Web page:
Risk factors and causes of snoring and sleep apnea

Risk factors and causes of snoring and sleep apnea

Today's most restful and restful time is probably when we sleep. But for people suffering from obstructive sleep apnea, it is not so. Their apnea events that occur when there are breathing breaks can wake them hundreds of times a night, and as a result of what will be a continuous good night's sleep, are disturbed. The disturbance occurs for several reasons, but not all people are aware of them, which makes it difficult for patients to get the right medical help to treat the problem. Treatment is necessary, but it begins by understanding the risk factors and causes of obstructive sleep apnea.

Airway problems. Obstructive sleep apnea is the result of an obstruction in the respiratory tract caused by some respiratory tract problems. These may include upper and lower jaws, tonsils, soft gums, tongue and throat muscles.

In some cases, congested throat and tongue can cause the problem. This because when a person who normally sleeps his muscles will relax, but if suffering from the condition, the muscles and tongue relaxes more than normal, resulting in a decrease of the airways, causing apnotic events.

Enlarged or collapsed gums and tonsils can also cause the problem. Structural abnormalities. If a person suffers from anatomical abnormalities, there is a greater possibility that they experience obstructive sleep apnea. For example, the size of the respiratory tract may be affected by the shape of the head and neck. A thicker throat can mean a narrower airway and a large tongue and enlarged tonsils can also have a damaging effect on the passage of the air. There are also structural abnormalities in the jaw, nose and mouth that occur in people with craniofacial syndrome, which makes them more prone to suffering from the disease. About 50% of those with Down's syndrome, for example, experience obstructive sleep apnea largely due to reduced muscle tones, a relatively large tongue and narrower nasopharynx.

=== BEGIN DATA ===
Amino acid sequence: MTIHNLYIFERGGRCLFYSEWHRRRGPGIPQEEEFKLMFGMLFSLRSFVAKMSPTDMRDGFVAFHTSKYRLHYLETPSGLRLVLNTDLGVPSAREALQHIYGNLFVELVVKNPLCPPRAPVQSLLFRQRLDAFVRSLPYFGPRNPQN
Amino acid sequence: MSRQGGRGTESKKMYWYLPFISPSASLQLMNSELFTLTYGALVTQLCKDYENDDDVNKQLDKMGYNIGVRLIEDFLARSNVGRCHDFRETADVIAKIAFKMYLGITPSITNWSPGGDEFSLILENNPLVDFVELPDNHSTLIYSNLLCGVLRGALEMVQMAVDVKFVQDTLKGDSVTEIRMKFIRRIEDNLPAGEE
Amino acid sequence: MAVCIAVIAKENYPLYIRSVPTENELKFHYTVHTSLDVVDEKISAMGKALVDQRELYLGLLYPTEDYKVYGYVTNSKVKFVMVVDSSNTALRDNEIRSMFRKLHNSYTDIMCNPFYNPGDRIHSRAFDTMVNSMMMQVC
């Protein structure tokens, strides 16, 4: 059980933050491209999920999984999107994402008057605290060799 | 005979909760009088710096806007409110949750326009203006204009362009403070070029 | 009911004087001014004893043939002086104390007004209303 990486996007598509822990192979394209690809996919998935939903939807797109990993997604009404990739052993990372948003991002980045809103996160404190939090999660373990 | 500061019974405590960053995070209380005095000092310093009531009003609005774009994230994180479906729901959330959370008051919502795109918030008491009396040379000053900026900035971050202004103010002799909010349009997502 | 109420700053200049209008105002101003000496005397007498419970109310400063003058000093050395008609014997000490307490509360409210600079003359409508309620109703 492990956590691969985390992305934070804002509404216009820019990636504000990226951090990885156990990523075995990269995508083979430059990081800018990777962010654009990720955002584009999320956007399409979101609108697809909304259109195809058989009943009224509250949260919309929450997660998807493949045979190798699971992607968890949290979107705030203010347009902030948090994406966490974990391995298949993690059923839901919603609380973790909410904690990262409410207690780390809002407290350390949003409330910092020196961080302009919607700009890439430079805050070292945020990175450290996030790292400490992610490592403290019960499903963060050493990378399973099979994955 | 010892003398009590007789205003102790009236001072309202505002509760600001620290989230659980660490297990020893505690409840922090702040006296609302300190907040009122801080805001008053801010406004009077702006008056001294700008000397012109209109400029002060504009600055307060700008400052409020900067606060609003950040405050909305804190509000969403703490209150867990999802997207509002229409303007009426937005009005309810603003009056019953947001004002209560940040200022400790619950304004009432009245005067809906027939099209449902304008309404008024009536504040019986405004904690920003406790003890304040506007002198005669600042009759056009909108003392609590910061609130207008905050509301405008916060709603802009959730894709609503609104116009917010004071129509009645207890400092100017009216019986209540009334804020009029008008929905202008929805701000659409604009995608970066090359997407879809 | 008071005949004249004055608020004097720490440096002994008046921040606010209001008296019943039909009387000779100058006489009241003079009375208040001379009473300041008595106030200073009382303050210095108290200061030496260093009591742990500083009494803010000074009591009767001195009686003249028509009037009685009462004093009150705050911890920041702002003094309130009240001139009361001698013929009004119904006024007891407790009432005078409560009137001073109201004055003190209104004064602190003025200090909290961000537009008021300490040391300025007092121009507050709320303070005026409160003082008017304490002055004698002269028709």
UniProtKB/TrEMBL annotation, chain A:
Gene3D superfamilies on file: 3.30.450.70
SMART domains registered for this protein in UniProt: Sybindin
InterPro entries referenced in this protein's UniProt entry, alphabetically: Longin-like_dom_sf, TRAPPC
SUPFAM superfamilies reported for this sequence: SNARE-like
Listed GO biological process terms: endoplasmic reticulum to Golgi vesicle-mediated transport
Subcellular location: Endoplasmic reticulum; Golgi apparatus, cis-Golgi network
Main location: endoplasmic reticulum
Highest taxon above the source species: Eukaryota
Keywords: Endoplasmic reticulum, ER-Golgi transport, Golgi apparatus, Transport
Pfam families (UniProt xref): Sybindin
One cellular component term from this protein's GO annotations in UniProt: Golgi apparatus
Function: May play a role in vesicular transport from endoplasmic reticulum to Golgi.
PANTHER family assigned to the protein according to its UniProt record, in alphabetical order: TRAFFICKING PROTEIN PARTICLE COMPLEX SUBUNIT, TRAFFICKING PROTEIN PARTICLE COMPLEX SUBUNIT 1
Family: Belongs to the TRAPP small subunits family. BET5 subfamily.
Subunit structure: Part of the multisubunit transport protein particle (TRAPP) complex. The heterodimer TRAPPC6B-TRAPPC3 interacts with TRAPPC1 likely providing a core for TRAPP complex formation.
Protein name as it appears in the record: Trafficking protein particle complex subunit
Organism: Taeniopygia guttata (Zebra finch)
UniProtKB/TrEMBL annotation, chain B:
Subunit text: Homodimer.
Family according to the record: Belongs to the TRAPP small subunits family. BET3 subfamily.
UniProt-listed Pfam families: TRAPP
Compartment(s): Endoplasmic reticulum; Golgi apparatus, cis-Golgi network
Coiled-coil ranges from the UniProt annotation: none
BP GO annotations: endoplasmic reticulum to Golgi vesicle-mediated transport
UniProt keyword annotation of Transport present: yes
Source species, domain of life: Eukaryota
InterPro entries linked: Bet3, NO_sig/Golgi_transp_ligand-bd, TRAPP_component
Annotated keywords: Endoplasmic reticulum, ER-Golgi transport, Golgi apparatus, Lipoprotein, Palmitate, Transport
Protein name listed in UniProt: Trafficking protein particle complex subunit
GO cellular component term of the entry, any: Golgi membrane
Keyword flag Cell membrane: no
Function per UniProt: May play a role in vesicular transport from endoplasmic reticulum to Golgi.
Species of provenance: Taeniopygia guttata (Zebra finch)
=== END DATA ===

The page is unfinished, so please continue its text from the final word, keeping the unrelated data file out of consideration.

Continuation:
Obesity. It has been shown in studies that obesity plays an important role in the development of obstructive sleep apnea because fat cells tend to accumulate and clog the throat tissues, causing the airways to narrow. It has been found that obese people suffering from sleep apnea tend to get more pressure on their airways, resulting in additional obstruction.

To be male. Unfortunately for the male population, the disorder is more likely to occur among men, although women may be predisposed after menopause. Statistically it has been found that one in fifty middle-aged women, compared to one of 25 middle-aged men, suffers from the problem.

Old age. Although children and adolescents may have the disease, they are over 65 years between two or three times more likely to develop it.

Use of alcohol, sedatives and cigarettes. Alcohol and sedatives relax the muscles and hence the narrow respiratory tract. Because smoking tends to cause inflammation of the upper respiratory tract and again narrows the airways, smokers are three times more likely to suffer from the disease.

Family history. Sleep apnea tends to run in the family. Therefore, with family members suffering from the condition, they should be more careful to avoid the risks.

Snoring. Although snoring can indicate the occurrence of obstructive sleep apnea, chronic snoring is sometimes said to cause apnotic events. Due to the frequent vibration caused by snoring, the soft gum can extend and cause an increased risk of collapse. However, a sniper person should not automatically be considered a candidate for the disease, as snoring should not be considered as a single factor, although it should be considered in addition to other risk factors.


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